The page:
For Immediate Release
Office of the Press Secretary
October 19, 2005
Press Briefing by Scott McClellan
James S. Brady Press Briefing Room
12:33 P.M. EDT
MR. McCLELLAN: Good afternoon, everyone. I want to give you a couple of updates.
As you are aware, Hurricane Wilma is now a category five storm. We are closely monitoring what is an extremely dangerous storm. We urge citizens on Florida and the Gulf Coast region to follow the advice of state and local authorities. People should take this hurricane very seriously.
A couple of other updates on the President's schedule. The President right now is having lunch over in the residence with Bono.* As you are aware, Bono is in town for some concerts. This meeting with Bono follows up on their discussion at Gleneagles during the G8 summit that took place in Scotland. They have a very good discussion at the G8 about our common priorities. Both share a deep commitment to combating AIDS, preventing malaria, and expanding trade to lift people out of poverty, particularly in developing countries. And Bono is scheduled to be meeting with Steve Hadley, as well, today -- our National Security Advisor -- to talk about some of those issues, too.
This afternoon, the President looks forward to welcoming the Republican Congressional Leadership to the White House. This will be an opportunity for them to talk about some important legislative priorities, as well as some of our larger priorities and the broader war on terrorism. I expect the President will talk about the progress we're making in the global war on terrorism and update the leaders about the progress being made in Iraq. And I expect him to focus on the important legislative priorities we have in the remaining weeks of this Congress this year.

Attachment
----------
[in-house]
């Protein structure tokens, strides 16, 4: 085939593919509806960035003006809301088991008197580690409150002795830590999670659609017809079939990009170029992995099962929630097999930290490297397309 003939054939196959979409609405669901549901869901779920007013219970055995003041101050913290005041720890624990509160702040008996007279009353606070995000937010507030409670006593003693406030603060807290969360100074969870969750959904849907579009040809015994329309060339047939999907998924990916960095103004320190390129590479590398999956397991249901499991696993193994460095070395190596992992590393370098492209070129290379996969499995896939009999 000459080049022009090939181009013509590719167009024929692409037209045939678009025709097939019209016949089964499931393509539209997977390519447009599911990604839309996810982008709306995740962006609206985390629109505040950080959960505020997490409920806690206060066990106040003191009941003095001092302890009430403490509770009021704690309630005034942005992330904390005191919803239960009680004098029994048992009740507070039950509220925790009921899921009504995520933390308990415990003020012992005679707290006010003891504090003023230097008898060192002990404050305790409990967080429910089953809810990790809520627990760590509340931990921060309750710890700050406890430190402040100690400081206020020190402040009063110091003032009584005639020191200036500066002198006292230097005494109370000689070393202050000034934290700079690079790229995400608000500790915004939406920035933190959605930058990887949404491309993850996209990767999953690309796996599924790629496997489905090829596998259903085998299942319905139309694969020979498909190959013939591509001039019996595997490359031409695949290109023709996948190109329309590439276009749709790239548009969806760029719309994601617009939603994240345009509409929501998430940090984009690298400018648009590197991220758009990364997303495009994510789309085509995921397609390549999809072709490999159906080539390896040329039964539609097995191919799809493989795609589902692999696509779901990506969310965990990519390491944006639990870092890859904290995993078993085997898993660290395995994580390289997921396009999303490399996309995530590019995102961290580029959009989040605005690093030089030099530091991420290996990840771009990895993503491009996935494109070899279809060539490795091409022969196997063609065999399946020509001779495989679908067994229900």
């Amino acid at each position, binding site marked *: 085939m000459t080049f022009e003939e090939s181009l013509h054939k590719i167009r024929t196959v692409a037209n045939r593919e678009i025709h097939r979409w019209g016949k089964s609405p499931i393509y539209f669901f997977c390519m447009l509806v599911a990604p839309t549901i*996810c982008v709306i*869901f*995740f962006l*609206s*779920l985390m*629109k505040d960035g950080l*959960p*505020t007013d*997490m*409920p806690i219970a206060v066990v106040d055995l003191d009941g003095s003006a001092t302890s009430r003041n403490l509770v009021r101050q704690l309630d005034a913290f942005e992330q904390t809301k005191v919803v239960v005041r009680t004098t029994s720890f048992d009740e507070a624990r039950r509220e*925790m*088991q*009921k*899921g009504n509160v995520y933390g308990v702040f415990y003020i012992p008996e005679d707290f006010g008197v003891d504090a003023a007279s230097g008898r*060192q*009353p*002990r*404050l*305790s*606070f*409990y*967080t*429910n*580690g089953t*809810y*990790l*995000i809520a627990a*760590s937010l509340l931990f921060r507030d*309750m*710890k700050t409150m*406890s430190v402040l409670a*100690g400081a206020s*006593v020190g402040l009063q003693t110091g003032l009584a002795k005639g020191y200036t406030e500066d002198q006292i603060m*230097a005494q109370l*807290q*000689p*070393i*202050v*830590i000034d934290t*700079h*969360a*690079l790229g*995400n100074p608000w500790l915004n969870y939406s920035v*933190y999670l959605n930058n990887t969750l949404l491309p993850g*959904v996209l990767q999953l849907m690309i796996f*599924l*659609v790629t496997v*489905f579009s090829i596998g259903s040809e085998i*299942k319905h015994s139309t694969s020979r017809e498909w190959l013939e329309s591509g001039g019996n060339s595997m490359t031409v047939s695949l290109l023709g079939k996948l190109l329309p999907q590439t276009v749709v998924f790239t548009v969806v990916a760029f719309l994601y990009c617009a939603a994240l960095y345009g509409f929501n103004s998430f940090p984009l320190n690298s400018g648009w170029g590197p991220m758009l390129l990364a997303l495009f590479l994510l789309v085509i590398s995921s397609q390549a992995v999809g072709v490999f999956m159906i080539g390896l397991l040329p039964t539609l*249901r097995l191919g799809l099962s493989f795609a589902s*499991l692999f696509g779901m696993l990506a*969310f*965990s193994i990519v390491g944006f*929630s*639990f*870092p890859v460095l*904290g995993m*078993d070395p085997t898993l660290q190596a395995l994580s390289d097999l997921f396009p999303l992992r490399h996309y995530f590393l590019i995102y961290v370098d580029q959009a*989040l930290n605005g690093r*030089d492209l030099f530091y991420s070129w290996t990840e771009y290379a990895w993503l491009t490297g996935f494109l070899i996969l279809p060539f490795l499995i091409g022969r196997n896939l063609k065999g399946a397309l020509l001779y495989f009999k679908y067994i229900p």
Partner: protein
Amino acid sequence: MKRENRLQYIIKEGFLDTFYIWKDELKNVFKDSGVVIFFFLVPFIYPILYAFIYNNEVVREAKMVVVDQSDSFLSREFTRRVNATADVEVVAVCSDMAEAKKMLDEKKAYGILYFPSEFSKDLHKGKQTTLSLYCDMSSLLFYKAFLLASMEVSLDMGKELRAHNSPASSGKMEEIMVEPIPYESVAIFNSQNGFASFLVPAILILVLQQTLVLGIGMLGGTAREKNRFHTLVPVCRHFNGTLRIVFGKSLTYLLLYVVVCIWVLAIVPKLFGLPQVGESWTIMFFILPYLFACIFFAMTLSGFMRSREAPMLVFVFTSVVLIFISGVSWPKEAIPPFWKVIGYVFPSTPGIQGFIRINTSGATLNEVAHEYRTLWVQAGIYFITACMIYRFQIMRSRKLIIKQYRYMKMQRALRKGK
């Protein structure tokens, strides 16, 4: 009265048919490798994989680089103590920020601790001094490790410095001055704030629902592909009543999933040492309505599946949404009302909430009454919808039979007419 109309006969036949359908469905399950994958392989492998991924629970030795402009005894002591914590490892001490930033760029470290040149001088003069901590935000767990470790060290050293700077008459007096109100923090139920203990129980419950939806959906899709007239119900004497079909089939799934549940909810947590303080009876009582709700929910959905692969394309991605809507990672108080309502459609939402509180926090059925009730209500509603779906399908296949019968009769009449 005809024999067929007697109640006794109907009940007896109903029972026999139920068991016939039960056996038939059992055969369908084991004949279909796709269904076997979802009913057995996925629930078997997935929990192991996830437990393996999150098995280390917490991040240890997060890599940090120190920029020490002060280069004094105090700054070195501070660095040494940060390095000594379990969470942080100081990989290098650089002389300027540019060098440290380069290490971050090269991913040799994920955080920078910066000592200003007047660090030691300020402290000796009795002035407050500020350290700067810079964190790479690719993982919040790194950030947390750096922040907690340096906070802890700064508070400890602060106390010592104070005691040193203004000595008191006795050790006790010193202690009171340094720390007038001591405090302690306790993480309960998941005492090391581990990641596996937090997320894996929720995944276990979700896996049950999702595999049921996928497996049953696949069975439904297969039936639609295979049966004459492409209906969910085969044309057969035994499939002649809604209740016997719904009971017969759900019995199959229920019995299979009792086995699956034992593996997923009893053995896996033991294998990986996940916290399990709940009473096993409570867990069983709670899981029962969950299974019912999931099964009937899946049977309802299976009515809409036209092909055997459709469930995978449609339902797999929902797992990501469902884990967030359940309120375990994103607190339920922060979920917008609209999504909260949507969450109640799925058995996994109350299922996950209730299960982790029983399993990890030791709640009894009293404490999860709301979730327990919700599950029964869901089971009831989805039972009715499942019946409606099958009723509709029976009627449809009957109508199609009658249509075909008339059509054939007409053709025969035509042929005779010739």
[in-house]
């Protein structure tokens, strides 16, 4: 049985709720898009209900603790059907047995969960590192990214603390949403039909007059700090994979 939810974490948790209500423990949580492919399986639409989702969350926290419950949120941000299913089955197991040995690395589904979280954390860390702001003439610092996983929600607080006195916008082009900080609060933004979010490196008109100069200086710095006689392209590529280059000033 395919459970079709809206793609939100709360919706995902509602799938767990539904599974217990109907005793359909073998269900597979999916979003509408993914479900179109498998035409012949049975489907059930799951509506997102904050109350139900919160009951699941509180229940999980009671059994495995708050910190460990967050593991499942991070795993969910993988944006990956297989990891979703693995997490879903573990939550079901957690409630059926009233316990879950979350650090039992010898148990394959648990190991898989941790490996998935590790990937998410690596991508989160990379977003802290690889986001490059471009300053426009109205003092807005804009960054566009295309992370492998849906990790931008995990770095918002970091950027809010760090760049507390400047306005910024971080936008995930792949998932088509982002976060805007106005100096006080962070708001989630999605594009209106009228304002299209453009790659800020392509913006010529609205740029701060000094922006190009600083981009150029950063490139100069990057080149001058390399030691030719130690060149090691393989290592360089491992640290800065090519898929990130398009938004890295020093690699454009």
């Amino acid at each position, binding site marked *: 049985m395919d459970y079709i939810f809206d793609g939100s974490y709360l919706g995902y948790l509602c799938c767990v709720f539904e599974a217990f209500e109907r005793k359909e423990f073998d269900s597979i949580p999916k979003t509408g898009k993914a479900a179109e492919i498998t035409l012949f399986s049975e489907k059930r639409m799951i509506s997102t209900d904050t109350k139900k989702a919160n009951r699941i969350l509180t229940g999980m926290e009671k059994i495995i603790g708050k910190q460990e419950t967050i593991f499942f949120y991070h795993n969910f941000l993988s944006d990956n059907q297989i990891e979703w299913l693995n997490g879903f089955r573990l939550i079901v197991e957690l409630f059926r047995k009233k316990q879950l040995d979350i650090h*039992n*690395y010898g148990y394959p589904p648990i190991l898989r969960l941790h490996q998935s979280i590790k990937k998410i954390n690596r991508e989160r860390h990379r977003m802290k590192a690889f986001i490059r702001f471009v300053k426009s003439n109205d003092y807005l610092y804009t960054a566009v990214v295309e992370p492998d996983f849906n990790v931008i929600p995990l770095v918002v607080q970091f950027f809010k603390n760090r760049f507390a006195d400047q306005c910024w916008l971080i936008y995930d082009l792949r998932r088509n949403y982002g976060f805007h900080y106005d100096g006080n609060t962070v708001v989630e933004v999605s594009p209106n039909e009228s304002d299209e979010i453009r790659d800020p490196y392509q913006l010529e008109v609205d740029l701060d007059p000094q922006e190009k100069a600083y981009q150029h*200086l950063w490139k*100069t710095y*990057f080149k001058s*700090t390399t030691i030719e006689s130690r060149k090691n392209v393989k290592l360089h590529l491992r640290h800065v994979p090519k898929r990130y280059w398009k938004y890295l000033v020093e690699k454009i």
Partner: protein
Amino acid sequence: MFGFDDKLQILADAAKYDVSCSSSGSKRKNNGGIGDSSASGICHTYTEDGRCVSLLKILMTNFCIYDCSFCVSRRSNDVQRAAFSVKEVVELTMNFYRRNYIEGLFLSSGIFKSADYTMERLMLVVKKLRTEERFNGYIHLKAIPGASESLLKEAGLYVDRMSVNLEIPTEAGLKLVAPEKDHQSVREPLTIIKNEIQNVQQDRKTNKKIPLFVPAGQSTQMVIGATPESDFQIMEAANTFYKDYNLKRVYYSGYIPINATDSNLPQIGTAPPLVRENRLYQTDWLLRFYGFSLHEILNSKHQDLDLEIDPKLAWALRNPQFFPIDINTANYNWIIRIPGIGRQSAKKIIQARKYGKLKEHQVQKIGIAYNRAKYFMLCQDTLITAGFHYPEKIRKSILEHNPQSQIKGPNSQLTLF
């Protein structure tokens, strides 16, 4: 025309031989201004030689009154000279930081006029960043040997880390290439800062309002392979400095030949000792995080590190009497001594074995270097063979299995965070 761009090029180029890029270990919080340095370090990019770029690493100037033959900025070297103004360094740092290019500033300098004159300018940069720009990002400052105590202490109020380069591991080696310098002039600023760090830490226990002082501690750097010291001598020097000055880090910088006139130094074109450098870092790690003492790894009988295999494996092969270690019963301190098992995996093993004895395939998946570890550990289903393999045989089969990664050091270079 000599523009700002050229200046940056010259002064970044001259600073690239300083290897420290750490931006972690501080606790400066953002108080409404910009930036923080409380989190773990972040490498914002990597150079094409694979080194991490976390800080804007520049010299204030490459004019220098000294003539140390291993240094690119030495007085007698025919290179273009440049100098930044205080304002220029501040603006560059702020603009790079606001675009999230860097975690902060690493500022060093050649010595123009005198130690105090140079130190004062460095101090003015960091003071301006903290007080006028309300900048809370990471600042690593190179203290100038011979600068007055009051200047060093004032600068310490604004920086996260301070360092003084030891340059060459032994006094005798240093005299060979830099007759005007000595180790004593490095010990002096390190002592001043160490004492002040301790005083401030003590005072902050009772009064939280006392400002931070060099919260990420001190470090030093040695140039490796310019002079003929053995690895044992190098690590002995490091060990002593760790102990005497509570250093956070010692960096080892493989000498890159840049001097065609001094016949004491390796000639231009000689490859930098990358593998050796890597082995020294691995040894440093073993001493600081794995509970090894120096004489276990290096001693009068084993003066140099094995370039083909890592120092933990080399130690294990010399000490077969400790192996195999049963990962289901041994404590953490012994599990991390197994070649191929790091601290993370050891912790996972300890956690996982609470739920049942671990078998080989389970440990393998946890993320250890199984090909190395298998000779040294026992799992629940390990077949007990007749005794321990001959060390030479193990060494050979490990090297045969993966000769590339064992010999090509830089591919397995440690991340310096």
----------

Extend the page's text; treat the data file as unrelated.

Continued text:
The President will focus on fiscal responsibility and moving forward on a responsible budget that meets our priorities, but exercises spending restraint. I expect they will talk about the hurricane relief and recovery and rebuilding efforts that are ongoing. And I expect the President will talk about moving forward in a timely manner on his Supreme Court nominee, Harriet Miers. And I expect they'll talk about the importance of getting the Patriot Act renewed so that our law enforcement personnel will have the tools they need to continue protecting the American people.
And with that I will be glad to go to questions.
Q Scott, did the President talk to Karl Rove two years ago about the leak?
MR. McCLELLAN: Steve, I appreciate the question. That's a question relating to an ongoing investigation, and I'm just not going to have further comment while that investigation is underway.
Q Because The New York Daily News says the President rebuked Rove two years ago.